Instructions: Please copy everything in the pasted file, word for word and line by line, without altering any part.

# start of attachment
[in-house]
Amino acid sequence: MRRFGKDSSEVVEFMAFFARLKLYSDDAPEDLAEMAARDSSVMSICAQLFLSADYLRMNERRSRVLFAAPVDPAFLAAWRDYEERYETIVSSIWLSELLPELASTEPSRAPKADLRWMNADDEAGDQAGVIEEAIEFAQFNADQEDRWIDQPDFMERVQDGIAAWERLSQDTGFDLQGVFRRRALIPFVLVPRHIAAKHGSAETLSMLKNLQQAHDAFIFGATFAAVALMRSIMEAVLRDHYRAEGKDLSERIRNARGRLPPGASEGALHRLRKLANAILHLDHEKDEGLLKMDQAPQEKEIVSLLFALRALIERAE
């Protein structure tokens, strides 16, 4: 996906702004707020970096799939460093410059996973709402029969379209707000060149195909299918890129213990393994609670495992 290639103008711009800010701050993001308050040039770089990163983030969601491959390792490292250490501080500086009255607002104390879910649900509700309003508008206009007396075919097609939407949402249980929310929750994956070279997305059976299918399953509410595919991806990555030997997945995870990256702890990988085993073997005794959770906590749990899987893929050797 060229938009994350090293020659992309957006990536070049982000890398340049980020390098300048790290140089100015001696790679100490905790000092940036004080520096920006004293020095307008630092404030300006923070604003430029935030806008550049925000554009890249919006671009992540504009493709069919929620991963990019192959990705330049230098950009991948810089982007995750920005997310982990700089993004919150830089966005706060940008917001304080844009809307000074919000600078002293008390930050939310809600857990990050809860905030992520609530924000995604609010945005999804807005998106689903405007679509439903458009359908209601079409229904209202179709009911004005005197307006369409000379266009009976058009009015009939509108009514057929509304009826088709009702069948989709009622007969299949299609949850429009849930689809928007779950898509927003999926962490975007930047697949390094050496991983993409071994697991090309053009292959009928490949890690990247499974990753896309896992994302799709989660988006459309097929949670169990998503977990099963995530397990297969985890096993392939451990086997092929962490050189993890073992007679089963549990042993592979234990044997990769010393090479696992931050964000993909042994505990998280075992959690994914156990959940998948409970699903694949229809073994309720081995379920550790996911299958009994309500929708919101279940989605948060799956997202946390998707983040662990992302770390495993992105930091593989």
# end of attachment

[in-house]
Amino acid sequence: MRRFGKDSSEVVEFMAFFARLKLYSDDAPEDLAEMAARDSSVMSICAQLFLSADYLRMNERRSRVLFAAPVDPAFLAAWRDYEERYETIVSSIWLSELLPELASTEPSRAPKADLRWMNADDEAGDQAGVIEEAIEFAQFNADQEDRWIDQPDFMERVQDGIAAWERLSQDTGFDLQGVFRRRALIPFVLVPRHIAAKHGSAETLSMLKNLQQAHDAFIFGATFAAVALMRSIMEAVLRDHYRAEGKDLSERIRNARGRLPPGASEGALHRLRKLANAILHLDHEKDEGLLKMDQAPQEKEIVSLLFALRALIERAE
């Protein structure tokens, strides 16, 4: 996906702004707020970096799939460093410059996973709402029969379209707000060149195909299918890129213990393994609670495992 290639103008711009800010701050993001308050040039770089990163983030969601491959390792490292250490501080500086009255607002104390879910649900509700309003508008206009007396075919097609939407949402249980929310929750994956070279997305059976299918399953509410595919991806990555030997997945995870990256702890990988085993073997005794959770906590749990899987893929050797 060229938009994350090293020659992309957006990536070049982000890398340049980020390098300048790290140089100015001696790679100490905790000092940036004080520096920006004293020095307008630092404030300006923070604003430029935030806008550049925000554009890249919006671009992540504009493709069919929620991963990019192959990705330049230098950009991948810089982007995750920005997310982990700089993004919150830089966005706060940008917001304080844009809307000074919000600078002293008390930050939310809600857990990050809860905030992520609530924000995604609010945005999804807005998106689903405007679509439903458009359908209601079409229904209202179709009911004005005197307006369409000379266009009976058009009015009939509108009514057929509304009826088709009702069948989709009622007969299949299609949850429009849930689809928007779950898509927003999926962490975007930047697949390094050496991983993409071994697991090309053009292959009928490949890690990247499974990753896309896992994302799709989660988006459309097929949670169990998503977990099963995530397990297969985890096993392939451990086997092929962490050189993890073992007679089963549990042993592979234990044997990769010393090479696992931050964000993909042994505990998280075992959690994914156990959940998948409970699903694949229809073994309720081995379920550790996911299958009994309500929708919101279940989605948060799956997202946390998707983040662990992302770390495993992105930091593989």